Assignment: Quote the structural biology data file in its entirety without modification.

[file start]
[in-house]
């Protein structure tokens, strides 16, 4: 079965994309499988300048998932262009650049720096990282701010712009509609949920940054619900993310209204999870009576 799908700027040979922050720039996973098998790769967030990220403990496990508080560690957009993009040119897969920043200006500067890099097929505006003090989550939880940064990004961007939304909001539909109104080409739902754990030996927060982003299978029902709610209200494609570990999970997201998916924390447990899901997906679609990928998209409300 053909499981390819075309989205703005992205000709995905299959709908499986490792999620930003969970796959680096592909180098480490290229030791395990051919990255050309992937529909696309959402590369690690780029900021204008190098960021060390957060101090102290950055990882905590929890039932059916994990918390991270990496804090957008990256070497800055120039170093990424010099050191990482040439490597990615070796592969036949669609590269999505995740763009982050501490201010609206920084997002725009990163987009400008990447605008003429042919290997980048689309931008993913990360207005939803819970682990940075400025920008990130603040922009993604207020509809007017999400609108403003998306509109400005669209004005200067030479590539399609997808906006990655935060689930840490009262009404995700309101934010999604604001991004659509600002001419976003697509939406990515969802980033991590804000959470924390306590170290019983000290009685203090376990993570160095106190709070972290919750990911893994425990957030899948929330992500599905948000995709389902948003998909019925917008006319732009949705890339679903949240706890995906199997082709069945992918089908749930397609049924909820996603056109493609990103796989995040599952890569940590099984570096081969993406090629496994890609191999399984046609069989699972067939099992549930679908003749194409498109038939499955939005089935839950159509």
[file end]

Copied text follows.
[in-house]
């Protein structure tokens, strides 16, 4: 079965994309499988300048998932262009650049720096990282701010712009509609949920940054619900993310209204999870009576 799908700027040979922050720039996973098998790769967030990220403990496990508080560690957009993009040119897969920043200006500067890099097929505006003090989550939880940064990004961007939304909001539909109104080409739902754990030996927060982003299978029902709610209200494609570990999970997201998916924390447990899901997906679609990928998209409300 053909499981390819075309989205703005992205000709995905299959709908499986490792999620930003969970796959680096592909180098480490290229030791395990051919990255050309992937529909696309959402590369690690780029900021204008190098960021060390957060101090102290950055990882905590929890039932059916994990918390991270990496804090957008990256070497800055120039170093990424010099050191990482040439490597990615070796592969036949669609590269999505995740763009982050501490201010609206920084997002725009990163987009400008990447605008003429042919290997980048689309931008993913990360207005939803819970682990940075400025920008990130603040922009993604207020509809007017999400609108403003998306509109400005669209004005200067030479590539399609997808906006990655935060689930840490009262009404995700309101934010999604604001991004659509600002001419976003697509939406990515969802980033991590804000959470924390306590170290019983000290009685203090376990993570160095106190709070972290919750990911893994425990957030899948929330992500599905948000995709389902948003998909019925917008006319732009949705890339679903949240706890995906199997082709069945992918089908749930397609049924909820996603056109493609990103796989995040599952890569940590099984570096081969993406090629496994890609191999399984046609069989699972067939099992549930679908003749194409498109038939499955939005089935839950159509």